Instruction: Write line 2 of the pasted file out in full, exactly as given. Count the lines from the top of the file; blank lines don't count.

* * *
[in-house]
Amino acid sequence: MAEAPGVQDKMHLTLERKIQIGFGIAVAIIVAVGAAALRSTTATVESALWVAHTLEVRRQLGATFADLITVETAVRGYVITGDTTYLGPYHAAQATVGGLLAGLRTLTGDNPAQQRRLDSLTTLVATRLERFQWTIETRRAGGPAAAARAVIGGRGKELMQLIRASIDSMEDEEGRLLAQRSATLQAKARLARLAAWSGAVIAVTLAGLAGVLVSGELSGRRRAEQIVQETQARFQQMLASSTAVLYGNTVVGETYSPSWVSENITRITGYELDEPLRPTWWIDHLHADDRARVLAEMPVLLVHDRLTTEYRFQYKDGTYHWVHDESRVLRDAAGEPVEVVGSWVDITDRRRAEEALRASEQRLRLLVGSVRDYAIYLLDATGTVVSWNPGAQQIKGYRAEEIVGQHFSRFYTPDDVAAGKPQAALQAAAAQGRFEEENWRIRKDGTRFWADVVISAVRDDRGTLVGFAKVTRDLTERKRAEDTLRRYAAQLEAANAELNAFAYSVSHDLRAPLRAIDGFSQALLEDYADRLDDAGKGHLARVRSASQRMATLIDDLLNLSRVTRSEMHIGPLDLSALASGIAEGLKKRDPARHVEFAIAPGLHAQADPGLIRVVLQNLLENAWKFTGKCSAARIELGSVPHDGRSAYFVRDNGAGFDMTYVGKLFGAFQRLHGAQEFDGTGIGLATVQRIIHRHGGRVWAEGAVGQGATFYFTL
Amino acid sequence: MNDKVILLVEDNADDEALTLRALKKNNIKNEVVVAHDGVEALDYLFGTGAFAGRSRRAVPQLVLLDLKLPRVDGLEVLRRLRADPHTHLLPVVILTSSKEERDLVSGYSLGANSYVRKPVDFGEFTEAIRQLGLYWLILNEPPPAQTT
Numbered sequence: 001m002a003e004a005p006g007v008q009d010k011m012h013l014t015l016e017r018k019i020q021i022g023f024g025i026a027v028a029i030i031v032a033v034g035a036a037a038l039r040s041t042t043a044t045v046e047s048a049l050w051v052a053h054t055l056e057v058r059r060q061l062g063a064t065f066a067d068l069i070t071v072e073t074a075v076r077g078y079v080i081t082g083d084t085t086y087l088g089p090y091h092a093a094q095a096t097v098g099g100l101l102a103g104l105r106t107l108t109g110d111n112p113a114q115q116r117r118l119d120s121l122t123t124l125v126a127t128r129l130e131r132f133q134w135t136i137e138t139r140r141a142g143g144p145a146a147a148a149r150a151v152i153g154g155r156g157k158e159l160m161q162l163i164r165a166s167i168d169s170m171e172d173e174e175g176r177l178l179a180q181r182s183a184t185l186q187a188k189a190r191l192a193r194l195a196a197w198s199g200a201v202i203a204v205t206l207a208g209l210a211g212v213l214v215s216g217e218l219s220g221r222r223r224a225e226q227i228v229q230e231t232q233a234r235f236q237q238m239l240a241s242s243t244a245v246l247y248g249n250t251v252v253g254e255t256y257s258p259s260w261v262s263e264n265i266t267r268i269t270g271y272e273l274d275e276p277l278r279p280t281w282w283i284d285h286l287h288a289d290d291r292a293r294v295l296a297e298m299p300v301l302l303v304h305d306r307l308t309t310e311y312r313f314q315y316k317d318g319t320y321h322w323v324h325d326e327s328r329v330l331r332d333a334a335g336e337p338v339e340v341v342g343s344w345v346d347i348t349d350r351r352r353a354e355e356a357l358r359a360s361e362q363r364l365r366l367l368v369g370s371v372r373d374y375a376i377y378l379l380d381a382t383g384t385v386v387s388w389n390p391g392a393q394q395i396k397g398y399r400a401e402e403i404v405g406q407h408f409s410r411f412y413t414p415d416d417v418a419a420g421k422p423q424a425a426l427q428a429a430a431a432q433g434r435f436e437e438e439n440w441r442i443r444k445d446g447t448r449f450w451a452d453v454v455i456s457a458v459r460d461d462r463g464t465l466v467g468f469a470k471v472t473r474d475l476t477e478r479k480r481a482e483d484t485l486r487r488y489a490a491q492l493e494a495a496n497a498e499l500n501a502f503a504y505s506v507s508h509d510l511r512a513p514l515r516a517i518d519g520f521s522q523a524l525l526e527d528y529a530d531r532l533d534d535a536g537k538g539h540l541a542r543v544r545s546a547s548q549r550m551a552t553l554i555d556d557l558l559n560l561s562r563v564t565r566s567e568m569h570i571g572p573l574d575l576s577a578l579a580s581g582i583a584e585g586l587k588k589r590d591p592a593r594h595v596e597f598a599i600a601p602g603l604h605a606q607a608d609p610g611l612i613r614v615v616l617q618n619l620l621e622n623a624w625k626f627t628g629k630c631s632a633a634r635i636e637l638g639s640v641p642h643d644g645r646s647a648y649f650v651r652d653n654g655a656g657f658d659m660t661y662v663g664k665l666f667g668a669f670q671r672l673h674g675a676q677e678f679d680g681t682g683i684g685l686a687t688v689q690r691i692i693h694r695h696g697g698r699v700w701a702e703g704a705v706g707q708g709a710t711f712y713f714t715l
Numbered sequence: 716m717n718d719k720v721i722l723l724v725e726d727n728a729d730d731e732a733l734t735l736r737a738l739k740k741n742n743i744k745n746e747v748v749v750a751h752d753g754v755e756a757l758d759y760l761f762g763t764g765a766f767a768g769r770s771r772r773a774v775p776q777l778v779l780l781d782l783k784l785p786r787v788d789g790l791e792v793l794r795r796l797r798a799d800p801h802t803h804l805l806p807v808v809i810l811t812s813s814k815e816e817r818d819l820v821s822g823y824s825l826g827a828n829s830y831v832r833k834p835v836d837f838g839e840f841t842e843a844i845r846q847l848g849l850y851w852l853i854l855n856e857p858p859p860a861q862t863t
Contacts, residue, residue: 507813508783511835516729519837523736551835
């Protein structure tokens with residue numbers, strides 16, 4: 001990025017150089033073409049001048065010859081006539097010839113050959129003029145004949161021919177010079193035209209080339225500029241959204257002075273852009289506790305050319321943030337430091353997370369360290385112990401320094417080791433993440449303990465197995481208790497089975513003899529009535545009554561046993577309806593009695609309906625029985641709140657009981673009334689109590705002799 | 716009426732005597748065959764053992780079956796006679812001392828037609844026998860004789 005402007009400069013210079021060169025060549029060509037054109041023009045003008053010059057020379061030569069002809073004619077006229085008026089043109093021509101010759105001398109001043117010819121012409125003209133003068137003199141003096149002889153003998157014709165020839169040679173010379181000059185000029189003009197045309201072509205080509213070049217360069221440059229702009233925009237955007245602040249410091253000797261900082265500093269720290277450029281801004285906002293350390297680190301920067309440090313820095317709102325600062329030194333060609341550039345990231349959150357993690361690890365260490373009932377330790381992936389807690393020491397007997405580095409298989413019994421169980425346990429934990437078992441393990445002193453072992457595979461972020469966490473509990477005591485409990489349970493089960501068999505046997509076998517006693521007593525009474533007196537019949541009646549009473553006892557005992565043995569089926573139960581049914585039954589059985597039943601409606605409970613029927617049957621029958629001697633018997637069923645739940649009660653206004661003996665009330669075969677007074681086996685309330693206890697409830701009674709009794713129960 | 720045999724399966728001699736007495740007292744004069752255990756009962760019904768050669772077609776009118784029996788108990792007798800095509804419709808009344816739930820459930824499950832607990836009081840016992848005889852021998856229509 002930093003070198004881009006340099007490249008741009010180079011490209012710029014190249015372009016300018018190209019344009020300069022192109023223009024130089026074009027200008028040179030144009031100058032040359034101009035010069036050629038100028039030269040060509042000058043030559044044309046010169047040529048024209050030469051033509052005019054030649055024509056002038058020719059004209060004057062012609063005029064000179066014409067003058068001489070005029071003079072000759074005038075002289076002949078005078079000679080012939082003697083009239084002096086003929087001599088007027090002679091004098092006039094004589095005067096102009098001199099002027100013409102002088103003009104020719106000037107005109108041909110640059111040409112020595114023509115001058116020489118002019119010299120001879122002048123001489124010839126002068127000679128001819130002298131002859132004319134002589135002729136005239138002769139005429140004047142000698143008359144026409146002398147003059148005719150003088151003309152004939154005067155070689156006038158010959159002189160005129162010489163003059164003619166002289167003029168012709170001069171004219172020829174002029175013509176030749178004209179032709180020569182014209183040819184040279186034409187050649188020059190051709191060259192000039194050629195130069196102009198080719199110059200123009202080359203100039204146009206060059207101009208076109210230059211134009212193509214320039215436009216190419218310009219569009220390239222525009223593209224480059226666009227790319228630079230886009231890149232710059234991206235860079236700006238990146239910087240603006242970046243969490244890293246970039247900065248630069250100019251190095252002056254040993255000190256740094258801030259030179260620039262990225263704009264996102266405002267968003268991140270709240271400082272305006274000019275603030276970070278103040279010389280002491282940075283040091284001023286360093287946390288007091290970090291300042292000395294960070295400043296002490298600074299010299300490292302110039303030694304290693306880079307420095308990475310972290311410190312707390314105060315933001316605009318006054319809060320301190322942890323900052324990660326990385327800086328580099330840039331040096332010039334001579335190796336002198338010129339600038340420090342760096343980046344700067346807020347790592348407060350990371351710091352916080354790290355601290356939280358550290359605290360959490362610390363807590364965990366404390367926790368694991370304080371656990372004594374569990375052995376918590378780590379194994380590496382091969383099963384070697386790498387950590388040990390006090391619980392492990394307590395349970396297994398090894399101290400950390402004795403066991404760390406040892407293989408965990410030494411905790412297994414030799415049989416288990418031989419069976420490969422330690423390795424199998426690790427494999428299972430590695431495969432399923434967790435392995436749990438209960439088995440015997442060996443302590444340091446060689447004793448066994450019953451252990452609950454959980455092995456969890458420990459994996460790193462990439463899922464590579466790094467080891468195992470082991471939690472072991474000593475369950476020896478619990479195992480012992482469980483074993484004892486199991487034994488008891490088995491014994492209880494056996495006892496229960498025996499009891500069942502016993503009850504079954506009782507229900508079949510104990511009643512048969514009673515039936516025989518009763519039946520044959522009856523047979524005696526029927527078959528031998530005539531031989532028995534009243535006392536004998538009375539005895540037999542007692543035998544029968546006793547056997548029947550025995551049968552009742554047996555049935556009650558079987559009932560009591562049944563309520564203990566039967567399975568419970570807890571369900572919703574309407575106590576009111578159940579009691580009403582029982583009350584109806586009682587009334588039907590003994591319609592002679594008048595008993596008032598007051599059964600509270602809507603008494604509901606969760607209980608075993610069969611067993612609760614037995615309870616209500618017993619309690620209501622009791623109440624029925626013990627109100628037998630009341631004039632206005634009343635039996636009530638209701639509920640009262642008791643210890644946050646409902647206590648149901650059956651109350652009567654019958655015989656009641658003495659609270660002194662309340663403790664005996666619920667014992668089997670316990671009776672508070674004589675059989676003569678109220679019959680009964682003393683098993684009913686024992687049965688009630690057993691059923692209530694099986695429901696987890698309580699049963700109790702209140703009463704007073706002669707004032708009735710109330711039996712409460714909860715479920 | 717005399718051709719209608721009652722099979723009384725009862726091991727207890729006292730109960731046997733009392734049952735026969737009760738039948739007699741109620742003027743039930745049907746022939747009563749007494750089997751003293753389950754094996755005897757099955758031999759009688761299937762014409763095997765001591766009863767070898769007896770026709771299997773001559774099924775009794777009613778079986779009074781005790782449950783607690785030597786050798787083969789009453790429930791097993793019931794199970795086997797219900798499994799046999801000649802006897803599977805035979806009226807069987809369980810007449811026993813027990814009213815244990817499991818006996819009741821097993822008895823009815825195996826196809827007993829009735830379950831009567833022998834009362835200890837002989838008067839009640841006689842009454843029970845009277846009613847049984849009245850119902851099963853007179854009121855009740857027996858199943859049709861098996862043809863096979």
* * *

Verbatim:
Amino acid sequence: MAEAPGVQDKMHLTLERKIQIGFGIAVAIIVAVGAAALRSTTATVESALWVAHTLEVRRQLGATFADLITVETAVRGYVITGDTTYLGPYHAAQATVGGLLAGLRTLTGDNPAQQRRLDSLTTLVATRLERFQWTIETRRAGGPAAAARAVIGGRGKELMQLIRASIDSMEDEEGRLLAQRSATLQAKARLARLAAWSGAVIAVTLAGLAGVLVSGELSGRRRAEQIVQETQARFQQMLASSTAVLYGNTVVGETYSPSWVSENITRITGYELDEPLRPTWWIDHLHADDRARVLAEMPVLLVHDRLTTEYRFQYKDGTYHWVHDESRVLRDAAGEPVEVVGSWVDITDRRRAEEALRASEQRLRLLVGSVRDYAIYLLDATGTVVSWNPGAQQIKGYRAEEIVGQHFSRFYTPDDVAAGKPQAALQAAAAQGRFEEENWRIRKDGTRFWADVVISAVRDDRGTLVGFAKVTRDLTERKRAEDTLRRYAAQLEAANAELNAFAYSVSHDLRAPLRAIDGFSQALLEDYADRLDDAGKGHLARVRSASQRMATLIDDLLNLSRVTRSEMHIGPLDLSALASGIAEGLKKRDPARHVEFAIAPGLHAQADPGLIRVVLQNLLENAWKFTGKCSAARIELGSVPHDGRSAYFVRDNGAGFDMTYVGKLFGAFQRLHGAQEFDGTGIGLATVQRIIHRHGGRVWAEGAVGQGATFYFTL